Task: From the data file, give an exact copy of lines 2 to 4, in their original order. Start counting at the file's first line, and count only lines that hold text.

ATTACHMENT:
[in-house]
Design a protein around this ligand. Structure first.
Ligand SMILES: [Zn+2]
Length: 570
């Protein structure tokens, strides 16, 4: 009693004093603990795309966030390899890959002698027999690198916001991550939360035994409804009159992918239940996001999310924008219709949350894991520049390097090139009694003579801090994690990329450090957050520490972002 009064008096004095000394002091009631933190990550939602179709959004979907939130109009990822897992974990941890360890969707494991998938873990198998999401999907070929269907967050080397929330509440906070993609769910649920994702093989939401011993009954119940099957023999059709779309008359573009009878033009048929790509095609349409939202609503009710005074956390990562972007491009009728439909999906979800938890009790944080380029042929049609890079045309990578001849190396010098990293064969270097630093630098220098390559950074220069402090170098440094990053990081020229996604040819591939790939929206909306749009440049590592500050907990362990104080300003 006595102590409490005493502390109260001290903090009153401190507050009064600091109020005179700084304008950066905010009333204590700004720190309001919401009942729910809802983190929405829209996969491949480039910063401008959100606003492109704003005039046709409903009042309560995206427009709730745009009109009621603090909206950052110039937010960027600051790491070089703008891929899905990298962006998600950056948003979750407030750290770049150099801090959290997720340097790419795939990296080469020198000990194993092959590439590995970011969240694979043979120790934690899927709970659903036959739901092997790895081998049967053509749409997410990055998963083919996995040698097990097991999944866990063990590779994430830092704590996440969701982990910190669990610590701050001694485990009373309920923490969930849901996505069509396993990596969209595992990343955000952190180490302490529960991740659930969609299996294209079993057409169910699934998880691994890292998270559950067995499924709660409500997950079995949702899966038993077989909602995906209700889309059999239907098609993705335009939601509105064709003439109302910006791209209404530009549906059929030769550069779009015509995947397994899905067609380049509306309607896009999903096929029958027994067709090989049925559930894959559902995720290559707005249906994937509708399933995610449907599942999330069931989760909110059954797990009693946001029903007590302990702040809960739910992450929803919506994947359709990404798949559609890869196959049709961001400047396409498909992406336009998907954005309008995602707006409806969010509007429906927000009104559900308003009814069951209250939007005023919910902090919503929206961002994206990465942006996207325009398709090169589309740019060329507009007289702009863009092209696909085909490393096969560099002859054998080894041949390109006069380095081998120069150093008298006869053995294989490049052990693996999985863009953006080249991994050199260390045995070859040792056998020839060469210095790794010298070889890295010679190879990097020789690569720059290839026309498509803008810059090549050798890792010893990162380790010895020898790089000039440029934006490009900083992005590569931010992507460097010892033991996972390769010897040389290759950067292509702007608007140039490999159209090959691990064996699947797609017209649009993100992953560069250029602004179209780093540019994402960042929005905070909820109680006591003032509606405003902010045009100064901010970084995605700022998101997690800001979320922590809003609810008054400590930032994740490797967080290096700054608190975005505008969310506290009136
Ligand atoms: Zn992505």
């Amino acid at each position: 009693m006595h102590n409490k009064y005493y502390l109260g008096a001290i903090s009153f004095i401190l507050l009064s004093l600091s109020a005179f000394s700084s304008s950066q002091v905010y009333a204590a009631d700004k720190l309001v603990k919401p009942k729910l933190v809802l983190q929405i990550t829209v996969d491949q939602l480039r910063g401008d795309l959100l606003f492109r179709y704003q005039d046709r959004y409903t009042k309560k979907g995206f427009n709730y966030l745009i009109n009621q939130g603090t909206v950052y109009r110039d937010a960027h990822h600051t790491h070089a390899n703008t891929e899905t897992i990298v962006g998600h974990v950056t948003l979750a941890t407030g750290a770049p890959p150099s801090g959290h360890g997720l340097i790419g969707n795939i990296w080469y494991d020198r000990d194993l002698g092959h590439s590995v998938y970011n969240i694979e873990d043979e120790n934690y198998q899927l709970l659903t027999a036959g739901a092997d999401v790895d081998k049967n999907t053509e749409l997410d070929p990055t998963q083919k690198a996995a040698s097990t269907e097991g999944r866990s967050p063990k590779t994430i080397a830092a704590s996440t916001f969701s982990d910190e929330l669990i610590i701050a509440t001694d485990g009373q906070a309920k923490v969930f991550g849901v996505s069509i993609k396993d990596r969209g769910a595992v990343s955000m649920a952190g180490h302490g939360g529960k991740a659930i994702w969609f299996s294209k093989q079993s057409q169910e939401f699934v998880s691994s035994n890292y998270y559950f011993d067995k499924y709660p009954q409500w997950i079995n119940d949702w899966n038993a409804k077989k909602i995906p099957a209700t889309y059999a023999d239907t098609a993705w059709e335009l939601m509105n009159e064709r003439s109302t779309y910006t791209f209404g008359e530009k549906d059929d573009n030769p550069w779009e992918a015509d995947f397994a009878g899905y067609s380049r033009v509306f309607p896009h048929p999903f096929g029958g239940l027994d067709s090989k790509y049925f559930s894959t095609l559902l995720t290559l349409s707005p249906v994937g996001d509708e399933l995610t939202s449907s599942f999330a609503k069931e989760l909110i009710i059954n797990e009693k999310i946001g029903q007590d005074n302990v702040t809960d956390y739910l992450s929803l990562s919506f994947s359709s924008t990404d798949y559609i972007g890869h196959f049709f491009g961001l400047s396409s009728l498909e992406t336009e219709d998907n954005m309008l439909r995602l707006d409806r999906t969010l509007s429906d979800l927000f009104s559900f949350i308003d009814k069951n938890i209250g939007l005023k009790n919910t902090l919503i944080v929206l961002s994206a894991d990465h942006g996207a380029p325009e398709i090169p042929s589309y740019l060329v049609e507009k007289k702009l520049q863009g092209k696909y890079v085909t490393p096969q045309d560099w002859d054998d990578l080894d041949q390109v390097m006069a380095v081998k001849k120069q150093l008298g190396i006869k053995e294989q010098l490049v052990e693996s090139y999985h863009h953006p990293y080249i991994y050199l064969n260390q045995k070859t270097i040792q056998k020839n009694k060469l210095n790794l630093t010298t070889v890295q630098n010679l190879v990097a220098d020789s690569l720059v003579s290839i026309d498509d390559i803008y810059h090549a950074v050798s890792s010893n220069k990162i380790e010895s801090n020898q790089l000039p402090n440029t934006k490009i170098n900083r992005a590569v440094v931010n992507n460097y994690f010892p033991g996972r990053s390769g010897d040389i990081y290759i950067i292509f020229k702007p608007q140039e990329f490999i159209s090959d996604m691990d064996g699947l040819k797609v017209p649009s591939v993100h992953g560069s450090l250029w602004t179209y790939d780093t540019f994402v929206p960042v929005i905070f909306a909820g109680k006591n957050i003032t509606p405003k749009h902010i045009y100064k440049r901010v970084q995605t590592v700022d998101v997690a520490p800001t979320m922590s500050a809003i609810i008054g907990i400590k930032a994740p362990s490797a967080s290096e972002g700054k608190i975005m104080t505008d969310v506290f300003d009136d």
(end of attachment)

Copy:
Design a protein around this ligand. Structure first.
Ligand SMILES: [Zn+2]
Length: 570